“Discounting works in the retail space so well because brands can limit supply – or at least make it look like it’s limited – and thus create a sense of urgency in the customer’s eyes,” Singh said. Unlike retail, though, where end of season sales are used to clear stock, restaurants don’t serve leftovers at discounted prices. According to him, massive price cuts negatively affect both the restaurants and customers.
“Providing a 50 percent discount or giving it for free certainly nudges the eatery to reduce portion size, artificially mark-up the price, or use sub-standard ingredients,” said Singh. “Discounts and freebies create a negative consumer perception. Whenever a service is undervalued through price distortion, the genuineness of the service comes into question.”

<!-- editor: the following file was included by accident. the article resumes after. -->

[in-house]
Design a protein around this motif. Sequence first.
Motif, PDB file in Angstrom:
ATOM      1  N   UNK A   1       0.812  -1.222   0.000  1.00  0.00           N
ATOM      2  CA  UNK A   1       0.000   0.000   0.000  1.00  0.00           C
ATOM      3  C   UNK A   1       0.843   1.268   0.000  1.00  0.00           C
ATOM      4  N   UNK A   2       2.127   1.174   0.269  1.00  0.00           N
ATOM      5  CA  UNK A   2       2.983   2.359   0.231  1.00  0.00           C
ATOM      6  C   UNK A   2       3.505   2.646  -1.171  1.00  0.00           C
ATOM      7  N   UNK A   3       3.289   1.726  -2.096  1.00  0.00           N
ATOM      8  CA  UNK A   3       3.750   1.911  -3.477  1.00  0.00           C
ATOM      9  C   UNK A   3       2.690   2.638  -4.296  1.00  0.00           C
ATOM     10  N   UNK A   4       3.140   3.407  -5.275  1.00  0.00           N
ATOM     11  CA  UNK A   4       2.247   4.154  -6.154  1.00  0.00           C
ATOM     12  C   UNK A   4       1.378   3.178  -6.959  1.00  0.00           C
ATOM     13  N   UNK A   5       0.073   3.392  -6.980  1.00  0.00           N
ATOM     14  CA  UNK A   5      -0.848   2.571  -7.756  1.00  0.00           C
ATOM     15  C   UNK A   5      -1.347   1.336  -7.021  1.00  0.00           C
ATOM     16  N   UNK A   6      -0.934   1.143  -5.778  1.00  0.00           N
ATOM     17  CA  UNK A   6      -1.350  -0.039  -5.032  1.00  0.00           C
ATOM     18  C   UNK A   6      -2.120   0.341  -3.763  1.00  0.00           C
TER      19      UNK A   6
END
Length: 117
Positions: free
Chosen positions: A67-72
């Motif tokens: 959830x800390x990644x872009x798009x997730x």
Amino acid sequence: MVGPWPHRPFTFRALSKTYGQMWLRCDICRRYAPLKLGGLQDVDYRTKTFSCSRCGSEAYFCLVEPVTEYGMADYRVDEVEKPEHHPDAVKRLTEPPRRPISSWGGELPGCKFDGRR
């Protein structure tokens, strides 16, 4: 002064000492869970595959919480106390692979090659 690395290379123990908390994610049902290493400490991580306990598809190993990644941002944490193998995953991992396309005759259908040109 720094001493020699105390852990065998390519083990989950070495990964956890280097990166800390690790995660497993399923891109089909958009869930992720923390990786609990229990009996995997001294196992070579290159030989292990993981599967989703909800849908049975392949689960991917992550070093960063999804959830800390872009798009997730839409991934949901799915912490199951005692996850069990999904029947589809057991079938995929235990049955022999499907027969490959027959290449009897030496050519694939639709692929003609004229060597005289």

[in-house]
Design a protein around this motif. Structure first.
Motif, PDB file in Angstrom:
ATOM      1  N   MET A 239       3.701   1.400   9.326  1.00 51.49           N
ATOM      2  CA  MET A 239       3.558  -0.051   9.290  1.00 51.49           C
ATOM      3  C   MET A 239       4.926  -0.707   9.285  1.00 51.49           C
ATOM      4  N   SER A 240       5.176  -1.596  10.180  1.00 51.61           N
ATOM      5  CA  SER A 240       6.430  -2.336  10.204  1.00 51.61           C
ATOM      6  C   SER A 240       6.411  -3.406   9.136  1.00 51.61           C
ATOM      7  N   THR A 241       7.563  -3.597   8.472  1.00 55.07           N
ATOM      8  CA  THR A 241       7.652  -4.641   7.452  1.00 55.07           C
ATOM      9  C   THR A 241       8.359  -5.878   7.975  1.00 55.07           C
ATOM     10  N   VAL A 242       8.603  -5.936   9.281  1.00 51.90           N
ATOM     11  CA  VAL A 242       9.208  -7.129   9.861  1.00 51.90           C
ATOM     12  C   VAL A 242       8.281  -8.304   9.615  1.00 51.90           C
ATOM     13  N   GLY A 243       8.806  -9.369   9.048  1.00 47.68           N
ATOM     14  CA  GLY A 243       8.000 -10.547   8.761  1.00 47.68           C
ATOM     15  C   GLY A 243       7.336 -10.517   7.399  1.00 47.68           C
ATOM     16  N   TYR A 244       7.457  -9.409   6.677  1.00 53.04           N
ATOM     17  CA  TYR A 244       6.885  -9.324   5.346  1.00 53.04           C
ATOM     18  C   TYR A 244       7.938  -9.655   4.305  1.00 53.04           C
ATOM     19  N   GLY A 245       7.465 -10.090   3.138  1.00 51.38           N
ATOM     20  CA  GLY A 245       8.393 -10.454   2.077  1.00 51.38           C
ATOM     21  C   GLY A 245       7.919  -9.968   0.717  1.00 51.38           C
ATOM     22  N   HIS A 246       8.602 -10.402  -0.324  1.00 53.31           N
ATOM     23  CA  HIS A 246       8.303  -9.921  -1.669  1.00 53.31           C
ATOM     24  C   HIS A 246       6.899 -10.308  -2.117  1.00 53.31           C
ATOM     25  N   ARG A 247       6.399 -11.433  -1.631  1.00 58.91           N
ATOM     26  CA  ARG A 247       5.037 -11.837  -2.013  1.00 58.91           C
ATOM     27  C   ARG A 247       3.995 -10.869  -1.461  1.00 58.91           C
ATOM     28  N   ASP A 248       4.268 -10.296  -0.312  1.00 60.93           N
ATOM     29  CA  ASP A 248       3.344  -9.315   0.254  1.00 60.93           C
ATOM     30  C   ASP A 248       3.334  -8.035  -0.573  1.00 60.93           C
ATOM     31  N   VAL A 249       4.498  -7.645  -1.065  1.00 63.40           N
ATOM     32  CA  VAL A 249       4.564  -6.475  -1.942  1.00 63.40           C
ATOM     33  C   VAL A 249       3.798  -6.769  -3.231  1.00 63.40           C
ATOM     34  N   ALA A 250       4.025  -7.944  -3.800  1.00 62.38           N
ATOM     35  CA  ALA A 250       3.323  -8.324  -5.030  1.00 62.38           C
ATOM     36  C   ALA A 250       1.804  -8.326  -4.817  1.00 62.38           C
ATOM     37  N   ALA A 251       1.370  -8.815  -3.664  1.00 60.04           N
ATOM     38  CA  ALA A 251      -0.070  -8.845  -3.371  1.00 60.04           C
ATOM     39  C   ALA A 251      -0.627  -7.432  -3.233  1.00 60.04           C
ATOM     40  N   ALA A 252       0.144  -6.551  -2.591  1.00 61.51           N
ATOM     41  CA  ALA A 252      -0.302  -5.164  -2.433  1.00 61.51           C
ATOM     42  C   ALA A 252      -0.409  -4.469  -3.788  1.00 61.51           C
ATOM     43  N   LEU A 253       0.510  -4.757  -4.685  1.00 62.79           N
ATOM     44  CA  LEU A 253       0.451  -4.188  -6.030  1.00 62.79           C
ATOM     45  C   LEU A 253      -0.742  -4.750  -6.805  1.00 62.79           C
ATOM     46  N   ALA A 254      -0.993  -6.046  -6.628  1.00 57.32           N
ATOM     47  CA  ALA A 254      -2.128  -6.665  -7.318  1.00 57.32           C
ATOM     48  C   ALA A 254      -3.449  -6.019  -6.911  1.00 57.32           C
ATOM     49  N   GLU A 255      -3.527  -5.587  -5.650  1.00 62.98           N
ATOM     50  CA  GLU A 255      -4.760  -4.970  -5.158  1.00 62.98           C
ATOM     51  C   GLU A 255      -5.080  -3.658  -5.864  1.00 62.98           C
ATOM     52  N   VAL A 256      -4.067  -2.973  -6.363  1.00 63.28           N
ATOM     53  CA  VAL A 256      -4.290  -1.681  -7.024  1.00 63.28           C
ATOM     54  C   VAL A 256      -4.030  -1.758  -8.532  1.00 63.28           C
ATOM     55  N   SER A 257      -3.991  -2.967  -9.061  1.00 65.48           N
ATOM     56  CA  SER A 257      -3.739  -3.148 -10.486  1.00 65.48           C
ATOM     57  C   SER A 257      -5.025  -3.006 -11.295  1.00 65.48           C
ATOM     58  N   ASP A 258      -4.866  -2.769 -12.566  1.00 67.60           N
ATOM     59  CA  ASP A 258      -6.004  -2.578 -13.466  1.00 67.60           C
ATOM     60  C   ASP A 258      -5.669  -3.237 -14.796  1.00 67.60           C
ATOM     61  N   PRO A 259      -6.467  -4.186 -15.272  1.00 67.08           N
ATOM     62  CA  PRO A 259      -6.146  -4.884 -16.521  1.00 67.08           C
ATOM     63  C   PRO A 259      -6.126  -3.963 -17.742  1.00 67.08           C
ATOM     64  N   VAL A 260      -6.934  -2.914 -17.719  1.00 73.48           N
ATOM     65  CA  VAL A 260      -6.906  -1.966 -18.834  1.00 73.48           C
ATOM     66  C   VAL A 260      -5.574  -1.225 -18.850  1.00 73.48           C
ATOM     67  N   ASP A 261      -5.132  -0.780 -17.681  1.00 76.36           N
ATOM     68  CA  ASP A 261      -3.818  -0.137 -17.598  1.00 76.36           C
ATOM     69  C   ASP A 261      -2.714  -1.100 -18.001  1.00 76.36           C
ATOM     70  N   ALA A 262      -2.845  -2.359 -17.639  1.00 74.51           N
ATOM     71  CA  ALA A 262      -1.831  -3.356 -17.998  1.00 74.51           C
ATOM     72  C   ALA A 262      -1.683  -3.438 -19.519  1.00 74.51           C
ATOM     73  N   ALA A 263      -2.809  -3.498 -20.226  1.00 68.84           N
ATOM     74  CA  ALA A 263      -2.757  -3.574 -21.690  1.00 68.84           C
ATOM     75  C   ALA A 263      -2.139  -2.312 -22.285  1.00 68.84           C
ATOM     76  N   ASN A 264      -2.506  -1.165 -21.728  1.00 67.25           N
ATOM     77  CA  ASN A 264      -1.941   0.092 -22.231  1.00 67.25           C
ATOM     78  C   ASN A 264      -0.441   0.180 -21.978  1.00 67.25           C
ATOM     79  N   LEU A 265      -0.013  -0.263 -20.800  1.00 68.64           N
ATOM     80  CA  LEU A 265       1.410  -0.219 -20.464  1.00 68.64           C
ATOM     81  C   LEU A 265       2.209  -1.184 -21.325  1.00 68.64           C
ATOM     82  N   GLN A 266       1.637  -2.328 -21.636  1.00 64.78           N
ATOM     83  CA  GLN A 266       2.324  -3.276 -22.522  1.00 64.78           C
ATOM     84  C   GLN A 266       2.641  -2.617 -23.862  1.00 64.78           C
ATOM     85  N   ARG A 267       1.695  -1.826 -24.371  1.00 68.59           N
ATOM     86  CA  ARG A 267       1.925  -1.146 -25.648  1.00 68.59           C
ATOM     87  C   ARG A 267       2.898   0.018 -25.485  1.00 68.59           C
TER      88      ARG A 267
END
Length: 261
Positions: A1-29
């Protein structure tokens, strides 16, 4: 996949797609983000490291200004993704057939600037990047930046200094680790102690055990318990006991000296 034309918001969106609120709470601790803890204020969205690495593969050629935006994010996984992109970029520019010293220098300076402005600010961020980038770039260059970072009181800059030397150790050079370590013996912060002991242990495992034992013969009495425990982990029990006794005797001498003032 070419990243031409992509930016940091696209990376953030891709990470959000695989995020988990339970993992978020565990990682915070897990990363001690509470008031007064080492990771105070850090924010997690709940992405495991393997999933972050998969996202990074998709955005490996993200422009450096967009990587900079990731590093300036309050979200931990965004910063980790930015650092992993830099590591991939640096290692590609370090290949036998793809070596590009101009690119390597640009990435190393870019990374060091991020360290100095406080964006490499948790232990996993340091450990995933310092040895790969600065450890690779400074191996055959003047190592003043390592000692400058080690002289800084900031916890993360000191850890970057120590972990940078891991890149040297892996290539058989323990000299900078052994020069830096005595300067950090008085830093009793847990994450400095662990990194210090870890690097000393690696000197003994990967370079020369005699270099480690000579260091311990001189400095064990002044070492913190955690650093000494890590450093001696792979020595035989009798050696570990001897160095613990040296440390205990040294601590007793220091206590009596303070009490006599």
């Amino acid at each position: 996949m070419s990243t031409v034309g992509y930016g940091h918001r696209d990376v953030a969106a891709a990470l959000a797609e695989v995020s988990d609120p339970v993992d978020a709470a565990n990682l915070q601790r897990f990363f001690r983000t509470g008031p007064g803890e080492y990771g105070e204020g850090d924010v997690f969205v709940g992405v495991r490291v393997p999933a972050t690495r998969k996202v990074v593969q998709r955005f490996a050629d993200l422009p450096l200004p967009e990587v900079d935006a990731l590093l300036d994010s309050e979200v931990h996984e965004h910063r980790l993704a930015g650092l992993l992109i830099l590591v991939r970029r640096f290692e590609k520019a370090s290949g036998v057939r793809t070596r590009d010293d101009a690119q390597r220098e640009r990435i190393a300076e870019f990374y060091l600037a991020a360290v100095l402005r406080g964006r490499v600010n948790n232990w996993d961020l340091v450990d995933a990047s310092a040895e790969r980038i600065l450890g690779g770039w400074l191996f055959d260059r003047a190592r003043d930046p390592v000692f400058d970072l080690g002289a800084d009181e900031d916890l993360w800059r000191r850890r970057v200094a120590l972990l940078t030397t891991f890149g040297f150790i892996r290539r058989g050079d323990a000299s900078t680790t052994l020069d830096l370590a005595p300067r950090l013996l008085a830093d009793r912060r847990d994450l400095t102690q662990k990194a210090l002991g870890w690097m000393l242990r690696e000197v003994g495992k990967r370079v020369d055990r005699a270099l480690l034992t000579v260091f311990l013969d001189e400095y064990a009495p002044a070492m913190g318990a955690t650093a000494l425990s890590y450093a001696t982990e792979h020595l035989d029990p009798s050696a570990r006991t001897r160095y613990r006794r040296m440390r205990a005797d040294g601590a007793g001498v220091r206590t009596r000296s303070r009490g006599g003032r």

So what happens next? Singh acknowledged that the campaign may result in certain “withdrawal symptoms” for customers in the short term, but insisted on a healthier lifetime cycle. He acknowledged the role of food aggregators as discovery and community-building platforms for restaurants, but noted their shift of focus as the foundation of the #Logout movement. “We only had and have one single issue: eradicate deep discounting.”
Sections of consumers have voiced concerns about restaurants bumping up their prices to drive larger profits. “Due to change in operating expenses, raw material and other market forces, the menu price is never fixed,” explained Singh. “In deliveries, some restaurants charge additionally for packing, while some include it into the menu price.”Singh presented the six major resolutions the #Logout campaign sought to reach with food aggregators, in order to ensure fair trade practices and transparency between customers and restaurants: